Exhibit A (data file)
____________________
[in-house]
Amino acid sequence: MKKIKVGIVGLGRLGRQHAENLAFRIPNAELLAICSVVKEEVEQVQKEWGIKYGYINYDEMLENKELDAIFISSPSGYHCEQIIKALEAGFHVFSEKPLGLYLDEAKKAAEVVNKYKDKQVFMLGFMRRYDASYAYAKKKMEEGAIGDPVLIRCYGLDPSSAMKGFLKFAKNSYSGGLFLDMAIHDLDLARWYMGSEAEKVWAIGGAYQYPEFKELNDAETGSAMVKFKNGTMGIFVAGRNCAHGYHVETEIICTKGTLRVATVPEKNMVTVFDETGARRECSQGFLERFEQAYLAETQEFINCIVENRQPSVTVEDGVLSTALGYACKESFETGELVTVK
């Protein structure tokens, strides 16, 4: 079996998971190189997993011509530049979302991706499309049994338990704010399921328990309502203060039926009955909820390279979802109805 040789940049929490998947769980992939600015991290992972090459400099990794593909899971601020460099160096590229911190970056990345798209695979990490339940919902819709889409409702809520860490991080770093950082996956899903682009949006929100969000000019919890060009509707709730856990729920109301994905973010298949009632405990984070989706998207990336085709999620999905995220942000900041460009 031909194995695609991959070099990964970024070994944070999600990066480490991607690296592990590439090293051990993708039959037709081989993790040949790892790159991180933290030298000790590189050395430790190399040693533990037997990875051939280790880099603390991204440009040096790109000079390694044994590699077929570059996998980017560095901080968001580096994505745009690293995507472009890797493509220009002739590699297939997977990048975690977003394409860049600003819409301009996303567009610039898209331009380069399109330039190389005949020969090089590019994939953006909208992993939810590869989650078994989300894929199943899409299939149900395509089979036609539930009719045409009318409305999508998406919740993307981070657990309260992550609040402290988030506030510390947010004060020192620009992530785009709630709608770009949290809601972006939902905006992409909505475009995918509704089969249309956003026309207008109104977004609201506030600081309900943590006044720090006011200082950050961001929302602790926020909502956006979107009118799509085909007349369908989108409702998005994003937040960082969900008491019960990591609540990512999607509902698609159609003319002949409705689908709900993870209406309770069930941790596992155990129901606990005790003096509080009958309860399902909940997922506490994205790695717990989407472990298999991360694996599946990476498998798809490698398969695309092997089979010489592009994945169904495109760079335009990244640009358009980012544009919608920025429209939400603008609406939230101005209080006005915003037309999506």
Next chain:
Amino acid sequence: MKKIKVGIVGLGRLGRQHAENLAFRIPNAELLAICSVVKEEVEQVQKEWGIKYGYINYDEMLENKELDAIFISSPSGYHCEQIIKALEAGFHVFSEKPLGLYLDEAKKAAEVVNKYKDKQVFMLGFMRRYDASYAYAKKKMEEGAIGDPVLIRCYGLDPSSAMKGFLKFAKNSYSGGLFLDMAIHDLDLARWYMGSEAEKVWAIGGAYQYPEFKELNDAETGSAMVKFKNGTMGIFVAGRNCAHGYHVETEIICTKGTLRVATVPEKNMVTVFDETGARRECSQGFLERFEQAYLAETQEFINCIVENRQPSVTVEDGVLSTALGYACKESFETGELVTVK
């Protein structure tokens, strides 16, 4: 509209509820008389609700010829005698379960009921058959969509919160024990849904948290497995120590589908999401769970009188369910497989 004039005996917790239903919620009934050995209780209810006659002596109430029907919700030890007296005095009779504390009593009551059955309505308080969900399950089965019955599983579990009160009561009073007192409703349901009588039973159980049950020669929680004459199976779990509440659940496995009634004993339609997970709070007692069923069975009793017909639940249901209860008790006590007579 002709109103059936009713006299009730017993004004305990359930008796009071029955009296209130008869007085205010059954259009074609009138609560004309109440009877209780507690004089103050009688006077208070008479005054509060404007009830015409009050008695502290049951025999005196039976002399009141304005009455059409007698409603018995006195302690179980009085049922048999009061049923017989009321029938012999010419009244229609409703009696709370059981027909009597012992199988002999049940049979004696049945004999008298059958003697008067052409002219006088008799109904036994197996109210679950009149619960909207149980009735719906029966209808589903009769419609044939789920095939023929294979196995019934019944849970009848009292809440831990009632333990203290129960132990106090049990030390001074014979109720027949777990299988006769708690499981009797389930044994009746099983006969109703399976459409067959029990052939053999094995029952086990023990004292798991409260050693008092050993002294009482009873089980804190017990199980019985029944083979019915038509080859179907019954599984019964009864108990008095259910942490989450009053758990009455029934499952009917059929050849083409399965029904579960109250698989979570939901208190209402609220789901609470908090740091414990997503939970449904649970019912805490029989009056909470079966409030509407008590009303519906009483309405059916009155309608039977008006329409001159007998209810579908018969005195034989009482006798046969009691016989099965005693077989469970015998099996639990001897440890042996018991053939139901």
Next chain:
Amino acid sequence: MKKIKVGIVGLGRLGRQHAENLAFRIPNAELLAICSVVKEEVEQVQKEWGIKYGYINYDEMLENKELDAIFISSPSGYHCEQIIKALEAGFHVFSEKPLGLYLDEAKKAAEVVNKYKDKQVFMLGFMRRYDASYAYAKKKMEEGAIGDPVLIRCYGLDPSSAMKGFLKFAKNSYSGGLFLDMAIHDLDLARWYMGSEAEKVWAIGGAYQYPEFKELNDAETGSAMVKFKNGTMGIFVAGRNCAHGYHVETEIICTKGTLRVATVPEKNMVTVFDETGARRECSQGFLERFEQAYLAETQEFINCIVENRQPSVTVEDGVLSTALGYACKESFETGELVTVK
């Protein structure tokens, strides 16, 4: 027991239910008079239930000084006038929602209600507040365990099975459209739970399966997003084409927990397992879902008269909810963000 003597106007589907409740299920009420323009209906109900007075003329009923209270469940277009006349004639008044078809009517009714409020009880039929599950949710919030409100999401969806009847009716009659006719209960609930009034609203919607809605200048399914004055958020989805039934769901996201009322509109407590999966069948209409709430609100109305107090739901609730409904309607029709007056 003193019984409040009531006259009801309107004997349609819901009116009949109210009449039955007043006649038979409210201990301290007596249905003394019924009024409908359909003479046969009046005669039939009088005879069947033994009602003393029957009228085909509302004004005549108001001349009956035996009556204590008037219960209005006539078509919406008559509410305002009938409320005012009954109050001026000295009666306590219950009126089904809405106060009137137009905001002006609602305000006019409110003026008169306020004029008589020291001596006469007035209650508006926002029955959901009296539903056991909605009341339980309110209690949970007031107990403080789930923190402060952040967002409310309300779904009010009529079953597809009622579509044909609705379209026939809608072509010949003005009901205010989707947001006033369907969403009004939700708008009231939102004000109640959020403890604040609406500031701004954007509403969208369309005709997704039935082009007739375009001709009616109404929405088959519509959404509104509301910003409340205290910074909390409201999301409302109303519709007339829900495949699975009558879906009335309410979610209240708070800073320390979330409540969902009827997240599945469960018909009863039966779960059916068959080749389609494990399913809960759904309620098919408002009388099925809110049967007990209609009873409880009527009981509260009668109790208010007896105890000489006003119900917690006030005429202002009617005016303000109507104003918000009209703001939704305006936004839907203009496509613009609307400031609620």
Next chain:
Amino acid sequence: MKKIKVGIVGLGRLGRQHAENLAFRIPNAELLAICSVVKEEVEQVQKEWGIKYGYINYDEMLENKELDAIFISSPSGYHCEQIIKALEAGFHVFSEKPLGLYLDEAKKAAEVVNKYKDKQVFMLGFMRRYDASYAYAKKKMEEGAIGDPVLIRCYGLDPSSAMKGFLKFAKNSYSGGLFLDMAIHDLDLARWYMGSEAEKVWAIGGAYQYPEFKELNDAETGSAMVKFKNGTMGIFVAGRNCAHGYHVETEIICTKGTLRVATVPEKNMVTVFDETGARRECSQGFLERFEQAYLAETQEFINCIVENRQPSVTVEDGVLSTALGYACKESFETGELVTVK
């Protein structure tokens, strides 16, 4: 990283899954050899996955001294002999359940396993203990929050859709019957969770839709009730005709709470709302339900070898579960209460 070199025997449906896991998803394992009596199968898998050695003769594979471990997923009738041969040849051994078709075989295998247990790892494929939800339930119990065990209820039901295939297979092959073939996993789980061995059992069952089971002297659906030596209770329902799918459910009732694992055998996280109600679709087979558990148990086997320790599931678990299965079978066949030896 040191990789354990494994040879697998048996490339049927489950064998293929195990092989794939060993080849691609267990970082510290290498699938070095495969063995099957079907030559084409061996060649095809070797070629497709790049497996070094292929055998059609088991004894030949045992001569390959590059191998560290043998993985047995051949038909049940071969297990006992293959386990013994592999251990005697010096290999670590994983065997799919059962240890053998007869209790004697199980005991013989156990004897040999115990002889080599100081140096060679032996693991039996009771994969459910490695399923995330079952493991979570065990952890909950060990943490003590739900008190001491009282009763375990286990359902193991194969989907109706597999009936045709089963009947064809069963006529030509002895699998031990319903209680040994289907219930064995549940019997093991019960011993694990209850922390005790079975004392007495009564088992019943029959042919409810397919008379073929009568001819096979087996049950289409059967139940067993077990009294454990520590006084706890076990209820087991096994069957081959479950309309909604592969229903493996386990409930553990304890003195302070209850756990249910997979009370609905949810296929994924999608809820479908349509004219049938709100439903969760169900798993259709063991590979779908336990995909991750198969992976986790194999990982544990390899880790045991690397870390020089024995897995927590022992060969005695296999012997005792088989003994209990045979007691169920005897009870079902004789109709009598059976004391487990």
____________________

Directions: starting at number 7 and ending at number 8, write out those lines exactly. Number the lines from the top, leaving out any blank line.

Next chain:
Amino acid sequence: MKKIKVGIVGLGRLGRQHAENLAFRIPNAELLAICSVVKEEVEQVQKEWGIKYGYINYDEMLENKELDAIFISSPSGYHCEQIIKALEAGFHVFSEKPLGLYLDEAKKAAEVVNKYKDKQVFMLGFMRRYDASYAYAKKKMEEGAIGDPVLIRCYGLDPSSAMKGFLKFAKNSYSGGLFLDMAIHDLDLARWYMGSEAEKVWAIGGAYQYPEFKELNDAETGSAMVKFKNGTMGIFVAGRNCAHGYHVETEIICTKGTLRVATVPEKNMVTVFDETGARRECSQGFLERFEQAYLAETQEFINCIVENRQPSVTVEDGVLSTALGYACKESFETGELVTVK